Video: Minotaur IV Launches From Kodiak Island


On Saturday, Nov. 20, FASTSAT made contact with ground stations at Svalbard, Norway and Kodiak, Alaska, and received commands from and communicated with mission controllers at the small satellite command center located at the Huntsville Operations and Science Control Center at NASA’s Marshall Space Flight Center in Huntsville, Ala. The satellite continues to function nominally as the commissioning phase of the mission continues.


Hams Radio Operators Can Listen to New Satellites

NanoSail-D (Credit: NASA)

Hams Invited to Listen for New Satellites
ARRL Press Release

Five research satellites were carried to orbit Friday evening aboard a Minotaur V rocket from Kodiak Island, Alaska. All the satellites use Amateur Radio frequencies and hams have been invited to participate in their missions by monitoring and collecting data.

The FASTRACs are two relatively small “nanosatellites” built by students at the University of Texas-Austin. They enter orbit as a single spacecraft, but then separate into FASTRAC 1, known as “Sara Lily,” and FASTRAC 2, referred to as “Emma.” Both satellites use 1200 or 9600 baud AX.25 digital communication and transmit at 1 W output, so they should be receivable with omnidirectional VHF or UHF antennas and decodable by ordinary packet radio hardware and software.


Planetary Society Wishes NASA Well on NanoSail-D Mission

NanoSail-D (Credit: NASA)

Planetary Society Statement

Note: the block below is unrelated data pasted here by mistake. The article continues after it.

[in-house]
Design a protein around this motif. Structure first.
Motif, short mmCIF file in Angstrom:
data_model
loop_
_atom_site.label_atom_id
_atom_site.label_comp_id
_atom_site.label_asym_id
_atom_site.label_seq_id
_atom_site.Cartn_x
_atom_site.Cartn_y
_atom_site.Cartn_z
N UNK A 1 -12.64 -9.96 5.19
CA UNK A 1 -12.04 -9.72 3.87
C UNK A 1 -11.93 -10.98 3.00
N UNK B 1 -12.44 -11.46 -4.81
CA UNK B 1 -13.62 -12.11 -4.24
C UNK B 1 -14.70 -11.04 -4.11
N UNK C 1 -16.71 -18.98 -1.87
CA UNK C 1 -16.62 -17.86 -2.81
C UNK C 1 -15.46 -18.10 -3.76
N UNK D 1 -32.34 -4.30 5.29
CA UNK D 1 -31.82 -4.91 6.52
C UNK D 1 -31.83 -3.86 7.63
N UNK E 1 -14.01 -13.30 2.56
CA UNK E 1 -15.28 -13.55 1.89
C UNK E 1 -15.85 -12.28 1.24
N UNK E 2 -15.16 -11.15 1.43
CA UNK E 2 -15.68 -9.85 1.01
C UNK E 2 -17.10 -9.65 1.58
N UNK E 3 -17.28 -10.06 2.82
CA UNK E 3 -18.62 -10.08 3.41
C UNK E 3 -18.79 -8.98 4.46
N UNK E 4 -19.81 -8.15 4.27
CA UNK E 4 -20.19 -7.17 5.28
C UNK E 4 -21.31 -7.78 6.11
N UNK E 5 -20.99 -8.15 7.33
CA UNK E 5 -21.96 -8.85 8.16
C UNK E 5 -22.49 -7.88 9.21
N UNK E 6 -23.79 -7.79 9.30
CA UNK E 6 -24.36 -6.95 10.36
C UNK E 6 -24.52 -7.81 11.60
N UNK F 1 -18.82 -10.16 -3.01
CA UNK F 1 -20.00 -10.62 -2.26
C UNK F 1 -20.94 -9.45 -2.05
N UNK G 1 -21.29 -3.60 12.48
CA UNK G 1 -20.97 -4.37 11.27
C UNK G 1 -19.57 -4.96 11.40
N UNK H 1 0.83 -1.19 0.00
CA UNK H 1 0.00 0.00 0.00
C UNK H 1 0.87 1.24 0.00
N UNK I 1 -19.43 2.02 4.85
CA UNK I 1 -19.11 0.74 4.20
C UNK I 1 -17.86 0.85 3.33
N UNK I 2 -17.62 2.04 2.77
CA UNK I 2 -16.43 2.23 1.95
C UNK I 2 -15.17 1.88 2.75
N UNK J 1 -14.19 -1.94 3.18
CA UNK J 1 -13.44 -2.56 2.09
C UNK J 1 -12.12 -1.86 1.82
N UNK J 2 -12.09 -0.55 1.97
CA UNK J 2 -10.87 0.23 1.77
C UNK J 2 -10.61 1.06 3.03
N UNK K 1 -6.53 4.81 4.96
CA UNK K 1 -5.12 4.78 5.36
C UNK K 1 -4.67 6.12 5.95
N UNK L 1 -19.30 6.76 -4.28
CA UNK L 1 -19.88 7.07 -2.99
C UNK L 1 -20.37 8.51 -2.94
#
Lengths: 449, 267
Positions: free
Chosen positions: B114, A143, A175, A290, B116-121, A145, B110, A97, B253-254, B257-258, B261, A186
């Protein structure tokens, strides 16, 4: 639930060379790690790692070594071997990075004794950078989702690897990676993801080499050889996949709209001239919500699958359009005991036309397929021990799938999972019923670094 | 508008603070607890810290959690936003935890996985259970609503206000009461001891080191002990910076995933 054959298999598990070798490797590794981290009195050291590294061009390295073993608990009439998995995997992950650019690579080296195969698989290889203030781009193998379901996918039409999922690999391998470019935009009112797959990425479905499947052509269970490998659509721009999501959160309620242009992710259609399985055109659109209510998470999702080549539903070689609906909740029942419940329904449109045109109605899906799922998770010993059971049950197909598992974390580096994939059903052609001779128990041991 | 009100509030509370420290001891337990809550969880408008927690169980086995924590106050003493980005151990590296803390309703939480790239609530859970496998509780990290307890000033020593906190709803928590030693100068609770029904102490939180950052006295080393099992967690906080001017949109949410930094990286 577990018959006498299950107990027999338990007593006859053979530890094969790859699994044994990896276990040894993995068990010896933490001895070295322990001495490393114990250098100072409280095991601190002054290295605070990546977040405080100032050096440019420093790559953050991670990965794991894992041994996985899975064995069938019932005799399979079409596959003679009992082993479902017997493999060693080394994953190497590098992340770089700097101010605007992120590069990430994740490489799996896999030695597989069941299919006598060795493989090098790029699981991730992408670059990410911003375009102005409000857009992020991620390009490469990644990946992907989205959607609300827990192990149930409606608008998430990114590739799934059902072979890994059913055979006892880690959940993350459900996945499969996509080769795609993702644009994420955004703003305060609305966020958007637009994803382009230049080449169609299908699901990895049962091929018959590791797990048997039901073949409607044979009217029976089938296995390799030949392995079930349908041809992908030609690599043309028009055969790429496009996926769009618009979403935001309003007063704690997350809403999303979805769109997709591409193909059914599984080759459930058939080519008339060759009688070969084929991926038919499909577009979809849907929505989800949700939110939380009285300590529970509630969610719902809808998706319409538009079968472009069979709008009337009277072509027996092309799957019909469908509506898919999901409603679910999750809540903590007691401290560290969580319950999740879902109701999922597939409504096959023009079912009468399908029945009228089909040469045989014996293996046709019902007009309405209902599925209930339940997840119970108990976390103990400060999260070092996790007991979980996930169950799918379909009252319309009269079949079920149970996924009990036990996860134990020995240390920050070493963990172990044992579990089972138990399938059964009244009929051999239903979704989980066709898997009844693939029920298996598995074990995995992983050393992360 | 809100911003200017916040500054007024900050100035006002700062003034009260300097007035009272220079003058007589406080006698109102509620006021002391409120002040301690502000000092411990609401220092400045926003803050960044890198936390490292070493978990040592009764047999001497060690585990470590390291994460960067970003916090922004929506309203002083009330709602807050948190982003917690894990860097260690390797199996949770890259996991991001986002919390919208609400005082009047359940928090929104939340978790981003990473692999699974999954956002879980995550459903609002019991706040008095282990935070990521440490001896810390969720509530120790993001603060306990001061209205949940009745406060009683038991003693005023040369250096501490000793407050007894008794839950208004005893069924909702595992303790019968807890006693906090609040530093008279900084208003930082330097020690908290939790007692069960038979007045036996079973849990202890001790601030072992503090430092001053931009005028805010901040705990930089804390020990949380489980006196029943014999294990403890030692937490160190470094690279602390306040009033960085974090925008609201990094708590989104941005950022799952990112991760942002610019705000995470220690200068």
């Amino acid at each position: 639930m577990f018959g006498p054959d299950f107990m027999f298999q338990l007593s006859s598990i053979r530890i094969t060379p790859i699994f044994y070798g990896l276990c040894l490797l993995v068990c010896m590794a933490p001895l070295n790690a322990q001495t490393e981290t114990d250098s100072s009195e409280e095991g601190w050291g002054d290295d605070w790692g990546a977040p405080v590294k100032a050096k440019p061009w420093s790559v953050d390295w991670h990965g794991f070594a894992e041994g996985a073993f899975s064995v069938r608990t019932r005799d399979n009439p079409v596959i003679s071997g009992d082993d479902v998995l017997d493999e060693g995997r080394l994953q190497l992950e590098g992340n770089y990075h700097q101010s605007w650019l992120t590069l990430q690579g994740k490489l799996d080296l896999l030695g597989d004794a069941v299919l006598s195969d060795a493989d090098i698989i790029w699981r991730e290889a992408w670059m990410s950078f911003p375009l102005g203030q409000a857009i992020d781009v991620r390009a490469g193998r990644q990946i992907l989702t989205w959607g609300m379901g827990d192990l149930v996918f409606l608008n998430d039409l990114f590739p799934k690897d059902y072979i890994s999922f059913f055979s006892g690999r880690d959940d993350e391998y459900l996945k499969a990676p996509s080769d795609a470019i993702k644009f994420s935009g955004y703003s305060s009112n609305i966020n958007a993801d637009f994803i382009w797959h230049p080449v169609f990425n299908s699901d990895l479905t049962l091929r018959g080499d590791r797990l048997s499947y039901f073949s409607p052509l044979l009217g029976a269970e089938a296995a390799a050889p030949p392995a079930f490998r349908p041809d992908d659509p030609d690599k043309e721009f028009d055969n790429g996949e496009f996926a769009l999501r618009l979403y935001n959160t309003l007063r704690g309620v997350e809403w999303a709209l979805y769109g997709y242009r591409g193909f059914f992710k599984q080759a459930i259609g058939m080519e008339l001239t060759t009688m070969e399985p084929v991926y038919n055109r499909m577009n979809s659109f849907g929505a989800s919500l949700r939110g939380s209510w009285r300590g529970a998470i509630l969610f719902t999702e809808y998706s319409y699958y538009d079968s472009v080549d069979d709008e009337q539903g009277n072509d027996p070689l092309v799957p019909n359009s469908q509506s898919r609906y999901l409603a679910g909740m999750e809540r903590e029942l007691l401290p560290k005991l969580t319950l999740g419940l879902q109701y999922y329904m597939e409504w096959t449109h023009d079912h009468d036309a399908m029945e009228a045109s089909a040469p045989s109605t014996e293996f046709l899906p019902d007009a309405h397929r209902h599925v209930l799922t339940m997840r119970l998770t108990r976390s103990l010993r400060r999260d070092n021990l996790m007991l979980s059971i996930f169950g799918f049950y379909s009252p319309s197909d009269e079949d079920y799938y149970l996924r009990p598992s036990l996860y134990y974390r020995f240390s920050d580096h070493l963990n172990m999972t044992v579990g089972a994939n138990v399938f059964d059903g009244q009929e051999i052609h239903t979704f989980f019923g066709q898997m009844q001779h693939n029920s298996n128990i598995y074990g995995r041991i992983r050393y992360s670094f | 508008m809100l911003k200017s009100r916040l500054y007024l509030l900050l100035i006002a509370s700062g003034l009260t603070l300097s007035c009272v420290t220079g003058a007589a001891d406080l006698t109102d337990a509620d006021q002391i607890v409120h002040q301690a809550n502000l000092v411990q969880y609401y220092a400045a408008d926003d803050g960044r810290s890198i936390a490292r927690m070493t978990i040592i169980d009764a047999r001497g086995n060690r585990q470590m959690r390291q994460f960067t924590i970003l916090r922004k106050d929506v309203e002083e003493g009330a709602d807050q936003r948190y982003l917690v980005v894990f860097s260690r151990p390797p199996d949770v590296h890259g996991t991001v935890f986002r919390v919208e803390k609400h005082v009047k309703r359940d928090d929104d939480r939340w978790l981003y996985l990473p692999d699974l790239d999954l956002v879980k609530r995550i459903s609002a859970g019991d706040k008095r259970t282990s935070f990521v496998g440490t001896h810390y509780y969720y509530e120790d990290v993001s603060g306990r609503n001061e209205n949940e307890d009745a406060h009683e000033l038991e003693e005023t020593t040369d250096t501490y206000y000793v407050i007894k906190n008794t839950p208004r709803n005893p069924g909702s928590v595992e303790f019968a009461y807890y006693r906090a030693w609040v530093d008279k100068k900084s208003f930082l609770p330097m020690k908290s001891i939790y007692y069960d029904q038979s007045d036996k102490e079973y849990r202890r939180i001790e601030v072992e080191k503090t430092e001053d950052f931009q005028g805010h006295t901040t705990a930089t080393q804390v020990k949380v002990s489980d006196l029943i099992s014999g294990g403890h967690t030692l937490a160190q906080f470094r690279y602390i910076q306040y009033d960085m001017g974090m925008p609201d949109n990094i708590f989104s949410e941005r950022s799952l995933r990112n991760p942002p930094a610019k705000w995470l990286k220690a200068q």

by Louis D. Friedman

NASA’s Nanosail-D is scheduled to launch on Friday — and we wish them well. Nanosail is an innovative development by NASA’s Marshall Space Flight and Ames Research Centers, and in many ways is the inspiration for the Planetary Society’s LightSail spacecraft, scheduled to be ready early in 2011 to carry out the first solar-sail propelled flight in Earth orbit.

The spacecraft is the same size and approximate mass as our own Lightsail-1, although Nanosail’s sail is smaller (3 meters on a side, instead of 4.5 meters). Nanosail will be pioneering the use of the Air Force Research Lab’s TRAC booms, which we will also be using on Lightsail-1. We’ll be interested in evaluating their deployment experience and understanding any implications to our own design.


Minotaur IV Set to Launch FASTSAT, NanoSail-D into Space on Friday Night

A Minotaur IV rocket is set to launch a set of innovative nanosats from the Kodiak Launch Complex on Friday evening. The launch is scheduled for Friday, Nov. 19, at 7:24 p.m. CST. The launch can be viewed on the web at this page,, on Friday, Nov. 19, starting at 7 p.m. CST.

Below are NASA’s descriptions of three of the satellites to be launched: FASTSAT, NanoSail-D, and O/OREOS.



NASA’s Fast, Affordable, Science and Technology Satellite, or FASTSAT, will carry six small payloads to low Earth orbit, demonstrating a critical ability to provide low-cost and rapid response opportunities for scientific and technical payloads to get to space. FASTSAT is NASA’s first microsatellite designed to create a capability that increases opportunities for secondary, scientific and technology payloads, or rideshares, to be flown at lower cost than previously possible. It serves as a bus or platform that puts scientific research on the affordable fast track for governmental, academic and industry researchers.

The FASTSAT mission is a joint activity between NASA and the U.S. Department of Defense Space Test Program. The satellite was designed, developed and tested at the Marshall Space Flight Center in Huntsville, Ala., in partnership with the Von Braun Center for Science & Innovation and Dynetics Inc. of Huntsville.